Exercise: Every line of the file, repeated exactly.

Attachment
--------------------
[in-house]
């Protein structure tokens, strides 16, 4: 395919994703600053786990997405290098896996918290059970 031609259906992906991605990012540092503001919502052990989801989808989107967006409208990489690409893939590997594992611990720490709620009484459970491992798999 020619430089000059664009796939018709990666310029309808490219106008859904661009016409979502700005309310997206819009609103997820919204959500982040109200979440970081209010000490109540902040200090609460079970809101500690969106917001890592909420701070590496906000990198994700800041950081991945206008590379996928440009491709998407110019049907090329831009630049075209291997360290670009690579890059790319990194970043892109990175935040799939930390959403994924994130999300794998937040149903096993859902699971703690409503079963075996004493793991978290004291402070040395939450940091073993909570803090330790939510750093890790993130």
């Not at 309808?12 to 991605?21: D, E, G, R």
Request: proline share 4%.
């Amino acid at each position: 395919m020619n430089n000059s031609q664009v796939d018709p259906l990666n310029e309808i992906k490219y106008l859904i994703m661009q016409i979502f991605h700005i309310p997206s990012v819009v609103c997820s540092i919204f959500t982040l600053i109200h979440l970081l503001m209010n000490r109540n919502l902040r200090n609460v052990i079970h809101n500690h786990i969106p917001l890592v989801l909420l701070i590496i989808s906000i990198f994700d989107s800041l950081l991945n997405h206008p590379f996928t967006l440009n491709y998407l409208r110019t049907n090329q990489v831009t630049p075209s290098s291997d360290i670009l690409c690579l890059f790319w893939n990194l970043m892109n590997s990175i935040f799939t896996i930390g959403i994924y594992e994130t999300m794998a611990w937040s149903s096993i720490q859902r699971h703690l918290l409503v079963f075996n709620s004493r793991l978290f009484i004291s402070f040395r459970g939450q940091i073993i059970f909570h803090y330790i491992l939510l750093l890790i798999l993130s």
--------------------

[in-house]
């Protein structure tokens, strides 16, 4: 395919994703600053786990997405290098896996918290059970 031609259906992906991605990012540092503001919502052990989801989808989107967006409208990489690409893939590997594992611990720490709620009484459970491992798999 020619430089000059664009796939018709990666310029309808490219106008859904661009016409979502700005309310997206819009609103997820919204959500982040109200979440970081209010000490109540902040200090609460079970809101500690969106917001890592909420701070590496906000990198994700800041950081991945206008590379996928440009491709998407110019049907090329831009630049075209291997360290670009690579890059790319990194970043892109990175935040799939930390959403994924994130999300794998937040149903096993859902699971703690409503079963075996004493793991978290004291402070040395939450940091073993909570803090330790939510750093890790993130």
């Not at 309808?12 to 991605?21: D, E, G, R």
Request: proline share 4%.
């Amino acid at each position: 395919m020619n430089n000059s031609q664009v796939d018709p259906l990666n310029e309808i992906k490219y106008l859904i994703m661009q016409i979502f991605h700005i309310p997206s990012v819009v609103c997820s540092i919204f959500t982040l600053i109200h979440l970081l503001m209010n000490r109540n919502l902040r200090n609460v052990i079970h809101n500690h786990i969106p917001l890592v989801l909420l701070i590496i989808s906000i990198f994700d989107s800041l950081l991945n997405h206008p590379f996928t967006l440009n491709y998407l409208r110019t049907n090329q990489v831009t630049p075209s290098s291997d360290i670009l690409c690579l890059f790319w893939n990194l970043m892109n590997s990175i935040f799939t896996i930390g959403i994924y594992e994130t999300m794998a611990w937040s149903s096993i720490q859902r699971h703690l918290l409503v079963f075996n709620s004493r793991l978290f009484i004291s402070f040395r459970g939450q940091i073993i059970f909570h803090y330790i491992l939510l750093l890790i798999l993130s």